Those We Lost in 2019

Written on:December 31, 2019
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As the year draws to a close, it is time to remember the figures from the worlds of arts and science who died in 2019. The scientific community said goodbye to Sydney Brenner, Michael Atiyah, Paul Greengard, Manfred Eigen, Murray Gell-Mann and a number of other leading researchers this year. On a single day in November, it was confirmed that Australian broadcaster Clive James, theatre director Jonathan Miller and celebrity chef Gary Rhodes had died. Here is a look back at those to whom we, at Web of Stories, said farewell:

Sydney Brenner (1927-2019): Nobel laureate died in April at the age of 92. Brenner was best known for his discovery of sequences that stop protein translation, mRNA, and his investigation of the nematode C. elegans, which he realized would be an ideal model organism to study cell differentiation and organ development. That work won him the 2002 Nobel Prize for Physiology or Medicine. Watch his life story at:

Sydney Brenner

Manfred Eigen (1927-2019): Nobel Prize winning German biophysical chemist was best known for his work on fast chemical reactions and his development of ways to accurately measure these reactions down to the nearest billionth of a second. He published over 100 papers with topics ranging from hydrogen bridges of nucleic acids to the storage of information in the central nervous system. Watch his life story at:

Manfred Eigen

Sir Michael Atiyah (1929-2019): eminent British mathematician broke new ground in geometry and topology with his proof of the Atiyah-Singer Index Theorem in the 1960s. This proof led to new branches of mathematics being developed, including those needed to understand emerging theories like supergravity and string theory. Watch his life story at:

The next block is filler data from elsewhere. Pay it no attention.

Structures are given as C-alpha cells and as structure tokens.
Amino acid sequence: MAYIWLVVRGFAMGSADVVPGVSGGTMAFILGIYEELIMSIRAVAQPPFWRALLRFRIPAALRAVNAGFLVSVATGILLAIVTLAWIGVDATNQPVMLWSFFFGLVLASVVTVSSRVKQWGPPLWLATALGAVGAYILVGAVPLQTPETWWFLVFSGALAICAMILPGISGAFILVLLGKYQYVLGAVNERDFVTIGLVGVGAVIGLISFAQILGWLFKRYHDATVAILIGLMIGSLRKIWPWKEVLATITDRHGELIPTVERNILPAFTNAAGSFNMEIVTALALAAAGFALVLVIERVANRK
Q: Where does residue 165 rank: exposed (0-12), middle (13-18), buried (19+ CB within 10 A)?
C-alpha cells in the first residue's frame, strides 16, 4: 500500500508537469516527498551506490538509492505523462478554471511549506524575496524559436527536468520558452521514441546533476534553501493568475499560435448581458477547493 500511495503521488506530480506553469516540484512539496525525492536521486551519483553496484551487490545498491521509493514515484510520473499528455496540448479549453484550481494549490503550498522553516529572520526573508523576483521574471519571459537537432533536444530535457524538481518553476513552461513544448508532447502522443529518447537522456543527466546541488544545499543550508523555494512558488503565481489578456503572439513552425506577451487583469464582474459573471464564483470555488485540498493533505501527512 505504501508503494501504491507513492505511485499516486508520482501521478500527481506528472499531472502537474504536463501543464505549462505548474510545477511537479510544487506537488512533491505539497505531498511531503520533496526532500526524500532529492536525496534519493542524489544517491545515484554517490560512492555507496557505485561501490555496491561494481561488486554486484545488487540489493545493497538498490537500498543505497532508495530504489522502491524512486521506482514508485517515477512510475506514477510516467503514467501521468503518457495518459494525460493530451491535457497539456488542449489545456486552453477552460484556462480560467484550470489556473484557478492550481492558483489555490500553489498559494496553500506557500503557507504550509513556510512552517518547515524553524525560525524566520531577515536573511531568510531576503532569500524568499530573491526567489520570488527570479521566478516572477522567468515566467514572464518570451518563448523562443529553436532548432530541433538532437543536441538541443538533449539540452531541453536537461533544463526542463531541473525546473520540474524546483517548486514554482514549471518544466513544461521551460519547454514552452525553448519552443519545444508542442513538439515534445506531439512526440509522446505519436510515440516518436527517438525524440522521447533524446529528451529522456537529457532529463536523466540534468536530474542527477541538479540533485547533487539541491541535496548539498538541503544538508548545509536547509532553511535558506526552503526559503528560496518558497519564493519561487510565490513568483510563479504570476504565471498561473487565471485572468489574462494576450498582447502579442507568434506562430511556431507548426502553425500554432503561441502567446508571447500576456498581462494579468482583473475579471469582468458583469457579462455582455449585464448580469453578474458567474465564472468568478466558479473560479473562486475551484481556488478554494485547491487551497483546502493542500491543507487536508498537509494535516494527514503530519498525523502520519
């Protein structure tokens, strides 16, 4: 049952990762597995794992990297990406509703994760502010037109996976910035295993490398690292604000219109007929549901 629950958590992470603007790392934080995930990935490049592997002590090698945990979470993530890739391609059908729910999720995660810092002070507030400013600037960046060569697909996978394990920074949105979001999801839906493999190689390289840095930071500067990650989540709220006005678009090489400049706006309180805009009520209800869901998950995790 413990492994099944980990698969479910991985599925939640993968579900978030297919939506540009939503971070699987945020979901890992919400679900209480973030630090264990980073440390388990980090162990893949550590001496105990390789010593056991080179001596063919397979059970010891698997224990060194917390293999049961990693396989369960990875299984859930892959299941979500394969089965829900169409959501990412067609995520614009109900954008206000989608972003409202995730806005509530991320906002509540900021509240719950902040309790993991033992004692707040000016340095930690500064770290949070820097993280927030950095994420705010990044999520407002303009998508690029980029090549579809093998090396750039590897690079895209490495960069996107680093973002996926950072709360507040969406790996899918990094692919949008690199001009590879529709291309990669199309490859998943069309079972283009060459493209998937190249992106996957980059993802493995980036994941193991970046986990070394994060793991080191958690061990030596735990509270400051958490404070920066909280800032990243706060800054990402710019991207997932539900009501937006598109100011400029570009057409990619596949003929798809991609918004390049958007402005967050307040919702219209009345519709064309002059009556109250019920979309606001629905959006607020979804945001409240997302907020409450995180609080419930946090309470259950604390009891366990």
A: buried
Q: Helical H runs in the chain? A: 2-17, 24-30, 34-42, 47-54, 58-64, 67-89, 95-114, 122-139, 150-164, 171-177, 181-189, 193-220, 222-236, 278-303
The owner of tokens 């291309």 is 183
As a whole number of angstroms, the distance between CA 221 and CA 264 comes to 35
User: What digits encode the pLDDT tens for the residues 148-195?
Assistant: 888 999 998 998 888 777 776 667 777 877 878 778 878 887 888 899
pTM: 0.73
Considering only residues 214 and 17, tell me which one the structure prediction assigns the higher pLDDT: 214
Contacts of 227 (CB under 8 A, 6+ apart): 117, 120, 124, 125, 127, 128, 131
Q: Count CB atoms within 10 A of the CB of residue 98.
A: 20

Michael Atiyah

Murray Gell-Mann (1929-2019): New York-born physicist was known for his creation of the eightfold way, an ordering system for subatomic particles, comparable to the periodic table. His discovery of the omega-minus particle filled a gap in the system, brought the theory wide acceptance and led to Gell-Mann’s winning the Nobel Prize in Physics in 1969. Watch his life story at:

Murray Gell-Mann

Jonathan Miller (1934-2019): British theatre and opera director. Initially studying medicine at Cambridge, Sir Jonathan Miller came to prominence with the production of the British comedy revue, Beyond the Fringe. Following on from this success he embarked on a career in the theatre, directing a 1970 West End production of “The Merchant of Venice” starring Laurence Olivier. He also started directing opera, famously producing a modern, Mafia-themed version of “Rigoletto”. Watch his life story at:

Jonathan Miller

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